Searching for Dark Skies in Rural Louisiana

Fortunately, I don’t have to spend that many nights away from home. I drive a lot, but it’s usually there and back. I get up early, work, then try to get back at a decent hour.

Sometimes work schedules dictate otherwise. Sitting around a hotel doing nothing drives me nuts, since I’m used to so much going on at home. So if I can I try to go out and shoot. Since I like to shoot at night or very early in the morning this works out sometime.

Recently I was in Lake Charles, Louisiana overnight, and I wanted to try something different. I’m developing an interest in astrophotography and wanted to find a place away from city lights to shoot the night sky. Enter Dark Site Finder.

This site allows users to search locations worldwide for areas away from light pollution. There’s a color coded map overlaid a Google Maps style display. Lighter colors mean bright areas, close to cities, and darker areas mean areas out of town. If you find a site you consider dark, you can add it to the list of sites. In my case this wasn’t a problem – Lake Charles and most of the communities nearby are very brightly lit.

Screen Shot 2018-12-16 at 6.38.27 AM

This box represents where I spend 95% of my time – so mostly very bright areas. But it’s possible to get into some relatively dark areas.

The blue area shown below is where I was heading:

Screen Shot 2018-12-16 at 6.40.07 AM.png

I ended up driving about an hour northwest of Lake Charles, close to the Louisiana-Texas ┬áborder. It was quiet – and dark. The moon was pretty full, so there was a ton of moonlight. Not ideal conditions, but it’s not like I could pick a different time. Maybe in the future I’ll be able to set up a trip that coincides with the new moon.

In the end I stayed out until around 8. I drove the hour back to Lake Charles, happy that I’d gotten some good (at least for me) shots, and more importantly, increased my skill in finding good locations and working on getting better shots in-camera. This is definitely something I’ll do again when I get a chance.

Blue Hour on the Mississippi River in Baton Rouge

I’m not quite to the point in my photography where I know for sure a shoot will go exactly as I imagine. But a while back that’s what happened while shooting from a rooftop vantage point in downtown Baton Rouge.

And I had the added bonus of enjoying family time and an excellent meal at Tsunami, a spectacular downtown restaurant.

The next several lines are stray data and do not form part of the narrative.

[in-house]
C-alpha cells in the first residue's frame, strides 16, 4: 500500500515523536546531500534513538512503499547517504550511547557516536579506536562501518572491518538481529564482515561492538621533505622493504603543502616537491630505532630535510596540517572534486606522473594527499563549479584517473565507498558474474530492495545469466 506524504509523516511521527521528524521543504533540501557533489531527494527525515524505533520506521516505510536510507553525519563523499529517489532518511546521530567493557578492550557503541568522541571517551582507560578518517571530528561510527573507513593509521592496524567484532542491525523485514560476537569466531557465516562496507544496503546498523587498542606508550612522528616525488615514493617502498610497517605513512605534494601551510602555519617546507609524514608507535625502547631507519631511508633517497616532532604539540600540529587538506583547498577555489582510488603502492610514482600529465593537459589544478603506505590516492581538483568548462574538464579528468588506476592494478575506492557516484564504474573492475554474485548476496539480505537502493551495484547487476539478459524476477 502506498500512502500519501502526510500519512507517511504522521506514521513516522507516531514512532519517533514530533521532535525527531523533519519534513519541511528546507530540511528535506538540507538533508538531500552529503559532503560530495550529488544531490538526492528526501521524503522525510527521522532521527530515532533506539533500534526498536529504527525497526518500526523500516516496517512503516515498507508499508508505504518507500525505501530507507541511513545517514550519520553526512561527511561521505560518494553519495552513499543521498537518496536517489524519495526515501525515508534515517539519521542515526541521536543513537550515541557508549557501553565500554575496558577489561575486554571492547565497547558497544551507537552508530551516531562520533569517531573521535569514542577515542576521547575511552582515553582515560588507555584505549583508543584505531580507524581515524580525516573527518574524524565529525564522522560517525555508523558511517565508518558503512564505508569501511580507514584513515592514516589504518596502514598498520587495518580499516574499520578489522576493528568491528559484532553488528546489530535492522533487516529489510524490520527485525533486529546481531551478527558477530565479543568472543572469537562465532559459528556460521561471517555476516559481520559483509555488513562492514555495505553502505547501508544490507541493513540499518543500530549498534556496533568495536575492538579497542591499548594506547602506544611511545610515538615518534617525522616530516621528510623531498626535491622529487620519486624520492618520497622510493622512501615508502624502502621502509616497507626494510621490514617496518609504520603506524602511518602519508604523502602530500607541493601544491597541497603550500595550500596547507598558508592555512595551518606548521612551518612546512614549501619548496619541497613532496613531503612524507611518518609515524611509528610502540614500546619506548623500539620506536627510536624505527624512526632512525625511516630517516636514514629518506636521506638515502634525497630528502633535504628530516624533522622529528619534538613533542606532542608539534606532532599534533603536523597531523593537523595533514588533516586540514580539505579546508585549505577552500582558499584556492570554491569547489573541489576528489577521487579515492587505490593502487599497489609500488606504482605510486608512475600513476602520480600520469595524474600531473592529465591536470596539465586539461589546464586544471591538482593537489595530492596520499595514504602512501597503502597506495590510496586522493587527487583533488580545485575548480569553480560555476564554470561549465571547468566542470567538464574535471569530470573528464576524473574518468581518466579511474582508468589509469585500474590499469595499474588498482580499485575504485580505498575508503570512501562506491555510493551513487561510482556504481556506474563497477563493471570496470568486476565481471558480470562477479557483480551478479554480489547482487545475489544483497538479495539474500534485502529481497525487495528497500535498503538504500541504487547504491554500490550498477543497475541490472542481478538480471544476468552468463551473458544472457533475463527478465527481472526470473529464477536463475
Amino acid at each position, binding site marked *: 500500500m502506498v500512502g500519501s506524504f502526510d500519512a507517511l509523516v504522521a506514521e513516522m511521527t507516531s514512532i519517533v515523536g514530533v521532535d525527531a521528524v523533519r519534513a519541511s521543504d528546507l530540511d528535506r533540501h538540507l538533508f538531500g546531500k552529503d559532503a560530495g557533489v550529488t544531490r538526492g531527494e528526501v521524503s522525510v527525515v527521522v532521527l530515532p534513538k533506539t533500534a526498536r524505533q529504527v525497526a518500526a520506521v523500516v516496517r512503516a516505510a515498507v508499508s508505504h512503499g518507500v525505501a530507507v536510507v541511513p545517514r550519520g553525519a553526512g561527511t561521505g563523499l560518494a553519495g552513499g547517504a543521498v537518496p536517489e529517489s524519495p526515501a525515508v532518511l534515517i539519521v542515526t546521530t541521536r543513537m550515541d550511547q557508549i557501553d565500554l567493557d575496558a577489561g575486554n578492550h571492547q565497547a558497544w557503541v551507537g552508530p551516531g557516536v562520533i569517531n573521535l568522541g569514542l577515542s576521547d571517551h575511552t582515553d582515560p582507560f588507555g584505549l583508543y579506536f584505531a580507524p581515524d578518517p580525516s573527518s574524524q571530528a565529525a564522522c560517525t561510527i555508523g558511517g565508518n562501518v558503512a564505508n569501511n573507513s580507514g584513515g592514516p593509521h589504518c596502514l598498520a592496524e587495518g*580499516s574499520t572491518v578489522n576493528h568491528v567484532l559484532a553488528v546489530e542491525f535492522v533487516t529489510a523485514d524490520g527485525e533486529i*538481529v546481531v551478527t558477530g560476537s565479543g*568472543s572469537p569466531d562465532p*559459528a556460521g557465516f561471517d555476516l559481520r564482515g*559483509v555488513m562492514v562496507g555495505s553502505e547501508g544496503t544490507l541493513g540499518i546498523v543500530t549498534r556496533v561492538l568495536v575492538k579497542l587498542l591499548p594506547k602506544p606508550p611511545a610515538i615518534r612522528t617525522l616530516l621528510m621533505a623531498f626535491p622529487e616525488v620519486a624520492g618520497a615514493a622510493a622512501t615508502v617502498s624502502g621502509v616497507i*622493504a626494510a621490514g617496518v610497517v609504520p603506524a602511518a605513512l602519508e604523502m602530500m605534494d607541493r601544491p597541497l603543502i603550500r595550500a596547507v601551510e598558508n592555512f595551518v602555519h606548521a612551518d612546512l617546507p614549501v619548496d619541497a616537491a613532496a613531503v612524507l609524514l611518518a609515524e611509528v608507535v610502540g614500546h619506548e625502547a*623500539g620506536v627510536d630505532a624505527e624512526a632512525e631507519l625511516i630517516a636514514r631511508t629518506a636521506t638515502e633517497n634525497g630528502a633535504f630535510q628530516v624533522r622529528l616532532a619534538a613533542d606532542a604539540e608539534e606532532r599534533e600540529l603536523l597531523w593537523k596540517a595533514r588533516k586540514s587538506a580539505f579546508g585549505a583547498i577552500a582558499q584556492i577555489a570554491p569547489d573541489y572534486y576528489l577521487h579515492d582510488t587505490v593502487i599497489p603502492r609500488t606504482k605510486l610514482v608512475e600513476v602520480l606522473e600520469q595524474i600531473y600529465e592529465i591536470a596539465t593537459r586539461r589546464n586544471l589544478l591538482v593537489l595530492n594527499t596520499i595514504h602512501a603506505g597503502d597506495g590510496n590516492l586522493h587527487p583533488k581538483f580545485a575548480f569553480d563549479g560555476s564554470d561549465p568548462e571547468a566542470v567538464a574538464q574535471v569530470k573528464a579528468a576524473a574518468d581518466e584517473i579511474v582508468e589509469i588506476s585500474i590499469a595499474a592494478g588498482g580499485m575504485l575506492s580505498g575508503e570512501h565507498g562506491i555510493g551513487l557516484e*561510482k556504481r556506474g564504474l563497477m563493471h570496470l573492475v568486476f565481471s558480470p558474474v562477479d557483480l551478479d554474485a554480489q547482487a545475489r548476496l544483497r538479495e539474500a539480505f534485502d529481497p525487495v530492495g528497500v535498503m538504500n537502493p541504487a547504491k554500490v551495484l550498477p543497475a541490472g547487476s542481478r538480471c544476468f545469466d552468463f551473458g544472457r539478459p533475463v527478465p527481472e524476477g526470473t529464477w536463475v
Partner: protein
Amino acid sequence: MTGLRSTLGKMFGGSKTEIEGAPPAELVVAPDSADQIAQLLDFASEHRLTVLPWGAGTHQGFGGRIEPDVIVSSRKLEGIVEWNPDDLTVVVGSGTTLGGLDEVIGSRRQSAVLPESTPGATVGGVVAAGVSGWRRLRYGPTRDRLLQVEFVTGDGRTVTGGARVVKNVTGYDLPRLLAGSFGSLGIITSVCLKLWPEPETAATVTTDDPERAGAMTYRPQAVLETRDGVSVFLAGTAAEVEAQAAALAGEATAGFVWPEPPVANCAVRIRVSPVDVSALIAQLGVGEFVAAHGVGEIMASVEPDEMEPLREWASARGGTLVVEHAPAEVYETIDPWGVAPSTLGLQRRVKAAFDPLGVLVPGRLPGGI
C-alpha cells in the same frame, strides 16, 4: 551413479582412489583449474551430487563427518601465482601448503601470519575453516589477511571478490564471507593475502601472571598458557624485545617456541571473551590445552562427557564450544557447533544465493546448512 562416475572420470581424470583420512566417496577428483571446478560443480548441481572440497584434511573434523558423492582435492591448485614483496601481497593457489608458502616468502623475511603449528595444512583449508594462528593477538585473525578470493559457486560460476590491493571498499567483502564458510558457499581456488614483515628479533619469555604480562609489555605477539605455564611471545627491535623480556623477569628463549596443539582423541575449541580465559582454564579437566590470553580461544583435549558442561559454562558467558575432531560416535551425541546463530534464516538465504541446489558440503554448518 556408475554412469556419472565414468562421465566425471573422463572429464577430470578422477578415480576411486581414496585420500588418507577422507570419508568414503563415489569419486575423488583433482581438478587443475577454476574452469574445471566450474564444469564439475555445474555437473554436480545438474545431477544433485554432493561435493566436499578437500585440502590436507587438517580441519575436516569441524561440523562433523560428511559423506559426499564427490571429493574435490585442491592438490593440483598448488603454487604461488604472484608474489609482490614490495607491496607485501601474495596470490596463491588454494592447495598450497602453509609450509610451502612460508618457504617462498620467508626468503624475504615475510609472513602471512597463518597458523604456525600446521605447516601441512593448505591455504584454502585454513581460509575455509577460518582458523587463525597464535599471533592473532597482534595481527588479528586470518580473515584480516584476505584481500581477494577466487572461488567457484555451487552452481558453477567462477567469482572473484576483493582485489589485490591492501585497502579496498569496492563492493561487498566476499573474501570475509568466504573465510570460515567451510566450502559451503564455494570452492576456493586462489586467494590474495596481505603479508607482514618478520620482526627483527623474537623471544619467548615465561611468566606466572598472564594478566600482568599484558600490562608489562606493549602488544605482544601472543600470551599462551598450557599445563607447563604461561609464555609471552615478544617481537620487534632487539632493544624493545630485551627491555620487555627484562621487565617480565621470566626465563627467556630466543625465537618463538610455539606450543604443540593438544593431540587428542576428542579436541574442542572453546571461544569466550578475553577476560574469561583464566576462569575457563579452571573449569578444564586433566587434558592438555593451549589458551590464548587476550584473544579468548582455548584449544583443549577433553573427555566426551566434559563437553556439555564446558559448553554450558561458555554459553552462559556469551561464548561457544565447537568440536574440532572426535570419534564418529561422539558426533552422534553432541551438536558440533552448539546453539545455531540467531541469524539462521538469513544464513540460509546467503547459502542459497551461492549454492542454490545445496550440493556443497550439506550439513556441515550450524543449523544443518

It was really nice to set up my Nikon D5300 and my tripod and shoot away. I got some nice sunset shots looking west across the Mississippi River, but this one I think is my favorite. I would have liked to zoom in a bit, but I was shooting with my 30mm Sigma. Still, not bad.

Old Man River at Blue Hour

An Afternoon Stop in Avoyelles Parish

I can’t tell you how many times I’ve driven by a great photo, only to keep going because I was in too much of a hurry to get somewhere. Or I didn’t have my camera and tripod with me. Or I didn’t feel like shooting just with my phone.

I’ve read blog posts from other photographers that suggest always having your camera with you. I’ve taken that to heart recently, even going out of my way to stop and get pictures if I can. I think it’s paid off. For one thing, I think we can learn from every great or terrible photo – especially when it comes to technique and settings.

About a month ago I drove a couple of hours to a meeting, and along the way saw an open field with a barn and a large tree kind of out in the middle of nowhere. And I thought it’d make for some pretty good afternoon shots if I could get back in time. So I set my odometer (trying not to mess with my phone while I drive!) so I could find my way back.

I made it back and drove along a dirt path to reach the barn and the tree. I setup and got some bracketed shots. Nothing magic here – just used the bracketing feature in my Nikon D5300, my MeFOTO tripod, and Nikon remote. Putting together HDR shots in Lightroom is super easy, especially if you’re shooting on a tripod.

It was so quiet and peaceful. In a way I wish I’d have stayed past sunset, but part of the work/life/photography balance sometimes keeps me from shooting where and when I want. That’s ok – I wanted to get home and see my wife and kids because the next day I was hitting the road again. Sometimes there’s too much noise, too much work, and not enough quality time with them. But the 30 minutes I spent out there was worth it.

So my advice is to carry your camera all the time, and of course, watch the road, but if you see something interesting, make time to stop and get some shots.